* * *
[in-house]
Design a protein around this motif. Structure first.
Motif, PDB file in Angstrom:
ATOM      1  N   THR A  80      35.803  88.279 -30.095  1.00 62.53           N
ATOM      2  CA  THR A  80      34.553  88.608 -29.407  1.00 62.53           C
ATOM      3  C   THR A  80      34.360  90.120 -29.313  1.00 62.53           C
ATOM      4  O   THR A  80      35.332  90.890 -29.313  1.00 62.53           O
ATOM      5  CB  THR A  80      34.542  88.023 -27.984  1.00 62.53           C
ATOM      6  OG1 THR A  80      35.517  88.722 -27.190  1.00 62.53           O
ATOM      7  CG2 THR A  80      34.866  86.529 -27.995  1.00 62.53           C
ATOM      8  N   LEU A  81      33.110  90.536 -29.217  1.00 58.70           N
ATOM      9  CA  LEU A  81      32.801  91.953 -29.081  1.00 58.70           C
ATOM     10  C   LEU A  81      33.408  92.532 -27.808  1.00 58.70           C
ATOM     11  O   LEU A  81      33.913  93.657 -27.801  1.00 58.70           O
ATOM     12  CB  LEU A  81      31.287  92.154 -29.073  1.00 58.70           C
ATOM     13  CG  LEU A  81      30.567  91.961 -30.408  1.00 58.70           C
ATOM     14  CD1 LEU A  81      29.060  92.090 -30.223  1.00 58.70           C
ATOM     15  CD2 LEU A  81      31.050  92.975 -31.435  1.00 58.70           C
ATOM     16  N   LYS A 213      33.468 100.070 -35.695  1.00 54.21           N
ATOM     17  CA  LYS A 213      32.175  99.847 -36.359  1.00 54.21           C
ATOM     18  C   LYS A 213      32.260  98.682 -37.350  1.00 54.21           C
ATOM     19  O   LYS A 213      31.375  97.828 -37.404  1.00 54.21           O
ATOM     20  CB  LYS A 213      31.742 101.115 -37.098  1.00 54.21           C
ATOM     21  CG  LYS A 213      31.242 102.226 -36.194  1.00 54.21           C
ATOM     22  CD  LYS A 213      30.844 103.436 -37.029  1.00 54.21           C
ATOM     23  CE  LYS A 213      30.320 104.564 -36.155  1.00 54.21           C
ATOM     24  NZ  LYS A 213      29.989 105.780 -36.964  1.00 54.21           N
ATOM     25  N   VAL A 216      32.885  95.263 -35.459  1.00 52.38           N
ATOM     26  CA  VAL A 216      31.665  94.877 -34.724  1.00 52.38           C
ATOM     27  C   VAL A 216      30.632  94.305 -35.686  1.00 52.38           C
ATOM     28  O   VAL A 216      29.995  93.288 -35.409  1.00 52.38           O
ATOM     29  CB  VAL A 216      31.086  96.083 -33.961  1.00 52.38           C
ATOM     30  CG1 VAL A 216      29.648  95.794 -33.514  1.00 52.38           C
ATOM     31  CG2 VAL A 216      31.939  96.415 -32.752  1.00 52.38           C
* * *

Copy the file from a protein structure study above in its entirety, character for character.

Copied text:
[in-house]
Design a protein around this motif. Structure first.
Motif, PDB file in Angstrom:
ATOM      1  N   THR A  80      35.803  88.279 -30.095  1.00 62.53           N
ATOM      2  CA  THR A  80      34.553  88.608 -29.407  1.00 62.53           C
ATOM      3  C   THR A  80      34.360  90.120 -29.313  1.00 62.53           C
ATOM      4  O   THR A  80      35.332  90.890 -29.313  1.00 62.53           O
ATOM      5  CB  THR A  80      34.542  88.023 -27.984  1.00 62.53           C
ATOM      6  OG1 THR A  80      35.517  88.722 -27.190  1.00 62.53           O
ATOM      7  CG2 THR A  80      34.866  86.529 -27.995  1.00 62.53           C
ATOM      8  N   LEU A  81      33.110  90.536 -29.217  1.00 58.70           N
ATOM      9  CA  LEU A  81      32.801  91.953 -29.081  1.00 58.70           C
ATOM     10  C   LEU A  81      33.408  92.532 -27.808  1.00 58.70           C
ATOM     11  O   LEU A  81      33.913  93.657 -27.801  1.00 58.70           O
ATOM     12  CB  LEU A  81      31.287  92.154 -29.073  1.00 58.70           C
ATOM     13  CG  LEU A  81      30.567  91.961 -30.408  1.00 58.70           C
ATOM     14  CD1 LEU A  81      29.060  92.090 -30.223  1.00 58.70           C
ATOM     15  CD2 LEU A  81      31.050  92.975 -31.435  1.00 58.70           C
ATOM     16  N   LYS A 213      33.468 100.070 -35.695  1.00 54.21           N
ATOM     17  CA  LYS A 213      32.175  99.847 -36.359  1.00 54.21           C
ATOM     18  C   LYS A 213      32.260  98.682 -37.350  1.00 54.21           C
ATOM     19  O   LYS A 213      31.375  97.828 -37.404  1.00 54.21           O
ATOM     20  CB  LYS A 213      31.742 101.115 -37.098  1.00 54.21           C
ATOM     21  CG  LYS A 213      31.242 102.226 -36.194  1.00 54.21           C
ATOM     22  CD  LYS A 213      30.844 103.436 -37.029  1.00 54.21           C
ATOM     23  CE  LYS A 213      30.320 104.564 -36.155  1.00 54.21           C
ATOM     24  NZ  LYS A 213      29.989 105.780 -36.964  1.00 54.21           N
ATOM     25  N   VAL A 216      32.885  95.263 -35.459  1.00 52.38           N
ATOM     26  CA  VAL A 216      31.665  94.877 -34.724  1.00 52.38           C
ATOM     27  C   VAL A 216      30.632  94.305 -35.686  1.00 52.38           C
ATOM     28  O   VAL A 216      29.995  93.288 -35.409  1.00 52.38           O
ATOM     29  CB  VAL A 216      31.086  96.083 -33.961  1.00 52.38           C
ATOM     30  CG1 VAL A 216      29.648  95.794 -33.514  1.00 52.38           C
ATOM     31  CG2 VAL A 216      31.939  96.415 -32.752  1.00 52.38           C